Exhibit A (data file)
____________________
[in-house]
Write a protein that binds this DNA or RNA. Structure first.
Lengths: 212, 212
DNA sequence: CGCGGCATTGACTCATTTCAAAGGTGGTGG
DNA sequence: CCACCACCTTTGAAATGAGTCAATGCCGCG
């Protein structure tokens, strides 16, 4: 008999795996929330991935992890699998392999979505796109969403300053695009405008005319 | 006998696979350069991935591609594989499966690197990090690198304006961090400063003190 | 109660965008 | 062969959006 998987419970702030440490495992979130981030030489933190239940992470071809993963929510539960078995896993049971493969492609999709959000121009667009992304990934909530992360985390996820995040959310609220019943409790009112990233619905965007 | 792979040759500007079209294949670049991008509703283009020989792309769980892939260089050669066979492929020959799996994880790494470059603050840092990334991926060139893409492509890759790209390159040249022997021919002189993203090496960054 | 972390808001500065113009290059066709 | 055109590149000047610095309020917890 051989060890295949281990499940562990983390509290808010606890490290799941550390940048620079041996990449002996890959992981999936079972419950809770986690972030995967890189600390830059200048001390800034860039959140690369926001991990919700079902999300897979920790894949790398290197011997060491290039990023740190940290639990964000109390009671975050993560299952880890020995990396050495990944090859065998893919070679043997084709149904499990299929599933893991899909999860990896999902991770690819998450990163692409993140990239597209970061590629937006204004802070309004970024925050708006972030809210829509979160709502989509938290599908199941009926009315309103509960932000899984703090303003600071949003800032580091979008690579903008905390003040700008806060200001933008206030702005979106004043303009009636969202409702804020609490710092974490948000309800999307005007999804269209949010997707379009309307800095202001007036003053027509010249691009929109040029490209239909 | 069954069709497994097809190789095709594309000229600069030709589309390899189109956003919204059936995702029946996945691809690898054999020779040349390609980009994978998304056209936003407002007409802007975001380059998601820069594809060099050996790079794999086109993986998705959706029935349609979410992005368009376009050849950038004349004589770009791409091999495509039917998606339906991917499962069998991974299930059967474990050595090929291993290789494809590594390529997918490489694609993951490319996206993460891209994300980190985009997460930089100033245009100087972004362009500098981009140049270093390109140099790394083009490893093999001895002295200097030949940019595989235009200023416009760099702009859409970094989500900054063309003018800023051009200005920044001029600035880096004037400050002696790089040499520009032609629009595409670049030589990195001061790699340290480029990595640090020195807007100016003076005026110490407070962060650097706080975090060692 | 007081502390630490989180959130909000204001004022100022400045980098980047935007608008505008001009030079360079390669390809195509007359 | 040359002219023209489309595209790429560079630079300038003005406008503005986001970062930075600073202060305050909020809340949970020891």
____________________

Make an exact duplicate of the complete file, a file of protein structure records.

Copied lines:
[in-house]
Write a protein that binds this DNA or RNA. Structure first.
Lengths: 212, 212
DNA sequence: CGCGGCATTGACTCATTTCAAAGGTGGTGG
DNA sequence: CCACCACCTTTGAAATGAGTCAATGCCGCG
């Protein structure tokens, strides 16, 4: 008999795996929330991935992890699998392999979505796109969403300053695009405008005319 | 006998696979350069991935591609594989499966690197990090690198304006961090400063003190 | 109660965008 | 062969959006 998987419970702030440490495992979130981030030489933190239940992470071809993963929510539960078995896993049971493969492609999709959000121009667009992304990934909530992360985390996820995040959310609220019943409790009112990233619905965007 | 792979040759500007079209294949670049991008509703283009020989792309769980892939260089050669066979492929020959799996994880790494470059603050840092990334991926060139893409492509890759790209390159040249022997021919002189993203090496960054 | 972390808001500065113009290059066709 | 055109590149000047610095309020917890 051989060890295949281990499940562990983390509290808010606890490290799941550390940048620079041996990449002996890959992981999936079972419950809770986690972030995967890189600390830059200048001390800034860039959140690369926001991990919700079902999300897979920790894949790398290197011997060491290039990023740190940290639990964000109390009671975050993560299952880890020995990396050495990944090859065998893919070679043997084709149904499990299929599933893991899909999860990896999902991770690819998450990163692409993140990239597209970061590629937006204004802070309004970024925050708006972030809210829509979160709502989509938290599908199941009926009315309103509960932000899984703090303003600071949003800032580091979008690579903008905390003040700008806060200001933008206030702005979106004043303009009636969202409702804020609490710092974490948000309800999307005007999804269209949010997707379009309307800095202001007036003053027509010249691009929109040029490209239909 | 069954069709497994097809190789095709594309000229600069030709589309390899189109956003919204059936995702029946996945691809690898054999020779040349390609980009994978998304056209936003407002007409802007975001380059998601820069594809060099050996790079794999086109993986998705959706029935349609979410992005368009376009050849950038004349004589770009791409091999495509039917998606339906991917499962069998991974299930059967474990050595090929291993290789494809590594390529997918490489694609993951490319996206993460891209994300980190985009997460930089100033245009100087972004362009500098981009140049270093390109140099790394083009490893093999001895002295200097030949940019595989235009200023416009760099702009859409970094989500900054063309003018800023051009200005920044001029600035880096004037400050002696790089040499520009032609629009595409670049030589990195001061790699340290480029990595640090020195807007100016003076005026110490407070962060650097706080975090060692 | 007081502390630490989180959130909000204001004022100022400045980098980047935007608008505008001009030079360079390669390809195509007359 | 040359002219023209489309595209790429560079630079300038003005406008503005986001970062930075600073202060305050909020809340949970020891």